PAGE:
Our nation now has over a million high school dropouts annually which is approximately a 25 percent dropout rate, while Finland has only a 2 percent dropout rate. Finland is the number one ranked school system in the world in both math and science, while U.S. students are ranked 24th in math and 17th in science.
The average child in Finland speaks four languages and yet that country spends $3,000 less per student than in America. Finland’s teachers are from the top 10 percent of college graduates while nearly half of America’s teachers come from the bottom third of their college class.
It appears our educational system is losing its competitive edge, but educators and politicians are at odds over what changes would best serve our students. In New York last week, NBC hosted Education Nation, a summit on education, to open a dialogue about how to improve schools.
Both New York City Mayor Bloomberg and New Jersey’s Governor Christie are actively seeking to do away with teacher tenure and promote merit pay as a way to make improvements.
Bloomberg introduced a new get-tough policy for teachers which threatens the loss of tenure if they fail to show student test result progress for two years in a row. Tenure guarantees teachers due process so that they can not simply be dismissed by administrators who don’t like them.
Blaming teachers for the fact that students are performing poorly on high stakes tests doesn’t account for the many factors contributing to student learning such as their poverty level.
A good teacher in a school district with high socio-economic status often gets good test results. Placing that same good teacher in a school district with low socio-economic status has produced lower test scores.
Despite a lack of evidence to support the claim that teachers evaluated by their student test scores will produce better schools, this practice is gaining popularity. Florida’s legislature passed a law saying that 50 percent of teachers’ salaries will be based on test scores.
Michelle Rhee, the Washington D.C. School’s Chancellor, also supports merit pay for teachers. Some believe the new teacher contract she implemented is going to become a national model.
Teacher union representatives are resisting such maneuvers. They site several studies showing that student performance doesn’t necessarily go up when teachers get cash bonuses. Many feel that test scores are not a trustworthy measure for grading principals, teachers, and schools.
The Secretary of Education, Arne Duncan, travels across the country promoting judging teachers based on test scores, yet he also admits that tests have their limits. Educators complain that this method of evaluation is causing an over-emphasis on basic skills without enough time on thinking skills and the broader curriculum.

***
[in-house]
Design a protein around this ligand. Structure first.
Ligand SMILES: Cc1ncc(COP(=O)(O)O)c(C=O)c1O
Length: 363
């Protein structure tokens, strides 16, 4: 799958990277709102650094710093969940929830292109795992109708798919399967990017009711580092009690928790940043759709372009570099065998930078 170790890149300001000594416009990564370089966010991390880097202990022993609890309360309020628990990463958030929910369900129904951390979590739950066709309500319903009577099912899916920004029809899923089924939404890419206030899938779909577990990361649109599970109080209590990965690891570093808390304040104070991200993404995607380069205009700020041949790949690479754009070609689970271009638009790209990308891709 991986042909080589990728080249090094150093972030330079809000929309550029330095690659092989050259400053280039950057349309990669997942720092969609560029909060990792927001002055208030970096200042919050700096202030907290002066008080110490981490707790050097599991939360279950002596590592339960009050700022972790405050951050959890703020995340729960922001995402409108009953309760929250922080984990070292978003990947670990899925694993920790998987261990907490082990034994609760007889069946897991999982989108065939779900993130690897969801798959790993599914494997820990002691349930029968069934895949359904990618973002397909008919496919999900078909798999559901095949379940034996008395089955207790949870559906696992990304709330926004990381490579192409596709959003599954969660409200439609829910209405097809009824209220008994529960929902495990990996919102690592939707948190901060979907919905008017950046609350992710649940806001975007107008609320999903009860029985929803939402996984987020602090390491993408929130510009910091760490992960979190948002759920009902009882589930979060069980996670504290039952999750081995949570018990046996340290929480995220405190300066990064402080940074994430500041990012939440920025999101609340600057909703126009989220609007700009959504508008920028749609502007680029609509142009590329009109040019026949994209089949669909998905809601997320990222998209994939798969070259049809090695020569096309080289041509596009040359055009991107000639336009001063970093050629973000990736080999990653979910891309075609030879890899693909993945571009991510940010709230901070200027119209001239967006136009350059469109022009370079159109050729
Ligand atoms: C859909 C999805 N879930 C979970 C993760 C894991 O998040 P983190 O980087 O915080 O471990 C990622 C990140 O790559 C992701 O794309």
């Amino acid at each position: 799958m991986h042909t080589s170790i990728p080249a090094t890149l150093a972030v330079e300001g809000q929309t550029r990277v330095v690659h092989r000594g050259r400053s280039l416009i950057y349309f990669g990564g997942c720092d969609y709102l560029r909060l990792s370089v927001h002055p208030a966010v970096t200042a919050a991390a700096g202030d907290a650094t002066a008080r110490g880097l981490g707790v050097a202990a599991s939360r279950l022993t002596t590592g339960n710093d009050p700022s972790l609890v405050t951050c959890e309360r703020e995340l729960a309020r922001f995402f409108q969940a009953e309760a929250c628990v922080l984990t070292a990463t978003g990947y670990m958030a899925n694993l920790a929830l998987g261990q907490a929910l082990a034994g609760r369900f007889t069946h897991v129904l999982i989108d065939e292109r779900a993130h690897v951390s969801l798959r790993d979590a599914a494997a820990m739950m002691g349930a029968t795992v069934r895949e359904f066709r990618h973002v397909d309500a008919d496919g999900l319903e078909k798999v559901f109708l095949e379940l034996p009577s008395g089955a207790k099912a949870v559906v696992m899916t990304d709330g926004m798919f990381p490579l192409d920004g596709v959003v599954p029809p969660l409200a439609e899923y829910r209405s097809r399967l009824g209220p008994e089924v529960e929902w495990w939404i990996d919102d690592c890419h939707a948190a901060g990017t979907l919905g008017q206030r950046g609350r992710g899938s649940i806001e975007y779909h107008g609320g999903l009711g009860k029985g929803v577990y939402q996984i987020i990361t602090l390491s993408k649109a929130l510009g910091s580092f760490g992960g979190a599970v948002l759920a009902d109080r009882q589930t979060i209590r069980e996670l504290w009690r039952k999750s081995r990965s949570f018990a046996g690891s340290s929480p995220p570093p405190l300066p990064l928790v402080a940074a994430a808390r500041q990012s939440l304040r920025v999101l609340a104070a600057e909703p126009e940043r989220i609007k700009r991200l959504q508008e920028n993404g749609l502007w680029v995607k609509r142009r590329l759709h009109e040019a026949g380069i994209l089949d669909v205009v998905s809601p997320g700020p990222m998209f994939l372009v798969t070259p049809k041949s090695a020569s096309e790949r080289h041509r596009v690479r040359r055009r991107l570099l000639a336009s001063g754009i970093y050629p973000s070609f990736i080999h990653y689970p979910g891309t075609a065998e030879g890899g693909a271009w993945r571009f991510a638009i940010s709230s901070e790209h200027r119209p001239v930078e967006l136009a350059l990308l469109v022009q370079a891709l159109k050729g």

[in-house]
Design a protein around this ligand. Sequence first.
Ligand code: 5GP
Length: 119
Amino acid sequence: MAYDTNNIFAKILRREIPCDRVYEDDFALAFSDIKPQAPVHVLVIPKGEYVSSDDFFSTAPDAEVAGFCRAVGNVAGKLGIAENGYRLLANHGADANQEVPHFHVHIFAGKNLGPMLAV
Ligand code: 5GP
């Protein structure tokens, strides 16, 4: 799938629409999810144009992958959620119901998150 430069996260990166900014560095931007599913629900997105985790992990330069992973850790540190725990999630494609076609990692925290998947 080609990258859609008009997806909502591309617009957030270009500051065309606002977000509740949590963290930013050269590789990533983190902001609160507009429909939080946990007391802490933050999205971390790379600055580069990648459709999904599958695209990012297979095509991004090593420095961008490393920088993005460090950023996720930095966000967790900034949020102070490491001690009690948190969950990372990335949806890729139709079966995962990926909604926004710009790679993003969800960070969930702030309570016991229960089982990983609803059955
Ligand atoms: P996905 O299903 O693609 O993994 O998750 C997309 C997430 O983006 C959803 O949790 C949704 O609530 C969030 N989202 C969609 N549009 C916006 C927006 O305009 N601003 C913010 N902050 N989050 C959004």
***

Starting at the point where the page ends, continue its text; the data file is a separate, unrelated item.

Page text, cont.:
Here in Porterville, evaluating teachers is done by the principals who supervise their work which helps them determine if teachers are doing a good job. Like in other professions, human judgment can take into account the complex nature of the contributing factors for a student’s success.
Over the next three years, Bill Gates is spending a half a billion dollars to find out what makes a good teacher in a program called MET, Measure of Effective Teachers. When students were interviewed about qualities of a good teacher, they reported that good teachers use class time well and help clarify confusion.
Studies show that the best teachers know that different kids have different needs. Kids are more productive when they know their teacher cares about them. Teachers that are knowledgeable about their subject and create an exciting learning environment also motivate students. Whether Bill Gates can develop a measuring instrument to determine quality teachers remains to be seen, but education is a factor.
All of Finland’s teachers are required to have a Master’s Degree. They have up to three teachers per classroom. Two provide instruction while the other one works with struggling students.
In our economy where the teacher/student ratio continues to climb, the necessary individualized attention is harder to deliver. Many factors make up the different rankings for Finland’s students’ success compared to those of American kids, but good teaching no matter how it’s measured is a defining factor in student success.
Kristi McCracken, author of two children’s books and a long time teacher in the South Valley, can be reached at firstname.lastname@example.org.